Definition of wacky in English:

wacky

(also whacky)

adjective

informal
  • Funny or amusing in a slightly odd or peculiar way.

    ‘a wacky chase movie’
    • ‘Thousands of people up and down the country are doing weird and wacky things today to raise money for Comic Relief.’
    • ‘Youngsters in Malmesbury and Sherston recycled old clothes to make weird and wacky costumes for a fashion show last Thursday.’
    • ‘Sure she came across as a bit wacky, and a bit all over the place at times.’
    • ‘Teachers and students were asked to make a gold coin donation in order to sport their weird and wacky hairstyles for the day.’
    • ‘The Renaissance repertoire ranges from the whacky to the sublime, and it's possible that we gave some pieces their first Scottish performances in hundreds of years.’
    • ‘Thank you, all you wacky people, for your interesting suggestions for new car names.’
    • ‘Dixon leapt to fame in the 1980s with his wacky welded furniture made of bits of scrap metal.’
    • ‘Dottie is a Lucille Ball clone who performs wacky antics on her television show.’
    • ‘People completed the course dressed in all kinds of weird and wacky outfits this year.’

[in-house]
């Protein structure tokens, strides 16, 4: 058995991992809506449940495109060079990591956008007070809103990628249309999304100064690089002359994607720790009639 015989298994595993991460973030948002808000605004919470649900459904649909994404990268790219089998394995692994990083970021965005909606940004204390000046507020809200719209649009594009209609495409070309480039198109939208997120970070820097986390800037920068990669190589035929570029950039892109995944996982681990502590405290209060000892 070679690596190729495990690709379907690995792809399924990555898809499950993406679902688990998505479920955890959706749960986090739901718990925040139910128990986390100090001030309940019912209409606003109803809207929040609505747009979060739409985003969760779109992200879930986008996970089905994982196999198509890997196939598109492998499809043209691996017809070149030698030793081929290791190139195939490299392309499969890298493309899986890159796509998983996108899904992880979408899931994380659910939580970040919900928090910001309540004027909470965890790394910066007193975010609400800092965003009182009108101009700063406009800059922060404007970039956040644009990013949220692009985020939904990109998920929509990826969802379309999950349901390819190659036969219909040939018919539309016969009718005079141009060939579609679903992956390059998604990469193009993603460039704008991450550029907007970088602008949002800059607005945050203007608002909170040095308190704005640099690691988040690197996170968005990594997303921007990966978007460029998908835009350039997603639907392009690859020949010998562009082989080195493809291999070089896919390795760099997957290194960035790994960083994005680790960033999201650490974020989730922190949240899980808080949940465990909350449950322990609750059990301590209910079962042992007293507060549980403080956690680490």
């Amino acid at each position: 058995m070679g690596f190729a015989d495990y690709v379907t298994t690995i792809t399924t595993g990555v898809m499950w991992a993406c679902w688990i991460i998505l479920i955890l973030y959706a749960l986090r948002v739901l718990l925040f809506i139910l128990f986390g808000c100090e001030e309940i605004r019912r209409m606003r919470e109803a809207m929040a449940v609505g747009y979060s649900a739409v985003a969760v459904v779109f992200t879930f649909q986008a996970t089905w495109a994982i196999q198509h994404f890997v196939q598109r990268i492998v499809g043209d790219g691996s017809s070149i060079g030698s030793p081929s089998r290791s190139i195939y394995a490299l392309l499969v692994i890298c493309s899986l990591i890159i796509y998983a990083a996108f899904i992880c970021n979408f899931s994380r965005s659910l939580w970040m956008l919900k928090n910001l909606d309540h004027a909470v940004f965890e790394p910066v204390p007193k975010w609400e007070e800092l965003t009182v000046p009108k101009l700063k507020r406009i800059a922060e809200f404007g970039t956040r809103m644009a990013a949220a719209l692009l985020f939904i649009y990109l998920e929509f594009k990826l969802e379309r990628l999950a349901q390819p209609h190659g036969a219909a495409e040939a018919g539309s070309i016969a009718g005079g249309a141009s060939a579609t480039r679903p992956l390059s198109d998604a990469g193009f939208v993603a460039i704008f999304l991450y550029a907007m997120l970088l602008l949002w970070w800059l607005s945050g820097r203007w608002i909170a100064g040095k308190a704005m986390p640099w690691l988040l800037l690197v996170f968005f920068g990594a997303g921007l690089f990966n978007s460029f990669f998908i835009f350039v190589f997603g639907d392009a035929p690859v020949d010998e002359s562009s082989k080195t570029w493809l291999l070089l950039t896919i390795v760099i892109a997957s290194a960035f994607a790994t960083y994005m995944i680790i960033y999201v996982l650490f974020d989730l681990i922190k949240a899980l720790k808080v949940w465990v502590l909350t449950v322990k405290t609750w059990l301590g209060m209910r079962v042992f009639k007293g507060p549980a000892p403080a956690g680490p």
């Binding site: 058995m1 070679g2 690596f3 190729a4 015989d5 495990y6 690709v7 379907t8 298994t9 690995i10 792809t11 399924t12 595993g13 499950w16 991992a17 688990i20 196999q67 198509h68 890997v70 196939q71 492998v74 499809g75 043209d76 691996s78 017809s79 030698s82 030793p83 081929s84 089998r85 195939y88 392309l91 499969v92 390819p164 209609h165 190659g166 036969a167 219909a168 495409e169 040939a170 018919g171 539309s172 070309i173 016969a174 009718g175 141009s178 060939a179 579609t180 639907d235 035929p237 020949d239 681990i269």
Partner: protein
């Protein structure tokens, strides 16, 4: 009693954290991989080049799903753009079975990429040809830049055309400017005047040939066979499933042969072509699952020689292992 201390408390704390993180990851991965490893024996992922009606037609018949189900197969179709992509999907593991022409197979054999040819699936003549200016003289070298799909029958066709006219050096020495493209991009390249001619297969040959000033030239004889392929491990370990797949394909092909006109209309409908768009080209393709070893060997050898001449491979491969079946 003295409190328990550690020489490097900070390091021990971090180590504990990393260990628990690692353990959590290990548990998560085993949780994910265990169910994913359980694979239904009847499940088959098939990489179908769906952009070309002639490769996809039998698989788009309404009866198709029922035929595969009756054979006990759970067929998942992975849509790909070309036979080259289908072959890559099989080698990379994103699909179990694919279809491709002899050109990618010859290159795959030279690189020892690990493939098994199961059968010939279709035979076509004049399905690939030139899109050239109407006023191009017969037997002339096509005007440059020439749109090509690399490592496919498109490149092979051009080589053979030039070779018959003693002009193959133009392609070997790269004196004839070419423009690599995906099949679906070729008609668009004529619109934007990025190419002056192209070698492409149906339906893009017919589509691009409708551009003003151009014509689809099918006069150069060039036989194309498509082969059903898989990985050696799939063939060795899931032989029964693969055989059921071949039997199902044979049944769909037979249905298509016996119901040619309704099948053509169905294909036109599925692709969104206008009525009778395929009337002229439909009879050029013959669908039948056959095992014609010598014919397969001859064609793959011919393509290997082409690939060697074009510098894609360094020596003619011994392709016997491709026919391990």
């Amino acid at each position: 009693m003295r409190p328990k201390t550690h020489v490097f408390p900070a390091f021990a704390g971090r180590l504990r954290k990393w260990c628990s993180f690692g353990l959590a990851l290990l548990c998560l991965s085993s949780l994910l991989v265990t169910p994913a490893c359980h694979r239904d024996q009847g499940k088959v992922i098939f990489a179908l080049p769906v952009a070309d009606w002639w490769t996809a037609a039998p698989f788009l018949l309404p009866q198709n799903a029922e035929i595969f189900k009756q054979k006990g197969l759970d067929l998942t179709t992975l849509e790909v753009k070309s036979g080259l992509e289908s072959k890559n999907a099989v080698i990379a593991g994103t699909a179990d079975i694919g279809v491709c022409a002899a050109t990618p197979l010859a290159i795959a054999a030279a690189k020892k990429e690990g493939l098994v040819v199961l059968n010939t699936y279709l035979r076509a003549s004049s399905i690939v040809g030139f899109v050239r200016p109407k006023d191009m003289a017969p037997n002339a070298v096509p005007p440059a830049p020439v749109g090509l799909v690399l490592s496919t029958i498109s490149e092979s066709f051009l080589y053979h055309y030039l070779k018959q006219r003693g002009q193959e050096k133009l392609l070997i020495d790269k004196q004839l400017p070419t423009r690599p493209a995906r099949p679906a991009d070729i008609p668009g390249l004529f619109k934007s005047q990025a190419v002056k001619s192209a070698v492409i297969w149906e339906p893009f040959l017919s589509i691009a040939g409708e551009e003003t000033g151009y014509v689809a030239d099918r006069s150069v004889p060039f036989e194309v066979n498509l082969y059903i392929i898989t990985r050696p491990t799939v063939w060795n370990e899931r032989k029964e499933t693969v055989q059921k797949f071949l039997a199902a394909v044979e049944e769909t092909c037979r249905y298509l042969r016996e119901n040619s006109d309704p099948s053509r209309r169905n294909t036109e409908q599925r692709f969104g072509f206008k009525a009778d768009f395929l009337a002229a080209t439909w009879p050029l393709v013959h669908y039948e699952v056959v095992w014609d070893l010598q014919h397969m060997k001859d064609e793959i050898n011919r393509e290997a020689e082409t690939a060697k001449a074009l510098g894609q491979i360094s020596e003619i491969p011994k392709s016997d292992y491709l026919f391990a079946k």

• ‘After 170 years of wacky inventions and strange new models, it seems we may finally be at the end of the road for the electric car.’
    • ‘I think those whacky movies were more effective than dry lectures about the dangers of unsafe sex and drug use.’
    • ‘There's a flood of whacky stories, and it's difficult to tell what's real and what's not.’
    • ‘Those whacky gardening folk and their uproarious naming schemes!’
    • ‘Those wacky creative types at the ad agency will believe it ‘hits all the right buttons’.’
    • ‘You may even be able to squeeze out a few more wacky anecdotes from that slightly dysfunctional family of yours.’
    • ‘The cast of whacky eccentrics and their unbelievable behaviour grates; it doesn't come across as in any way real.’
    • ‘His wacky antics and funny walk endeared him to children of all ages.’
    • ‘The room itself takes on the artist's intentions, being transformed into a slightly wacky domestic parlour.’
    • ‘I have read some whacky things in my time but the latest report of the Electoral Reform Society takes some beating.’
    • ‘The children came up with some weird and wacky designs including a pink and purple dinosaur covered in sequins.’
    zany, madcap, offbeat, quirky, outlandish, eccentric, idiosyncratic, surreal, ridiculous, nonsensical, crazy, absurd, insane, far out, fantastic, bizarre, peculiar, weird, odd, strange, cranky, freakish
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Origin

Mid 19th century (originally dialect): from the noun whack + -y.

Pronunciation

wacky

/ˈwaki/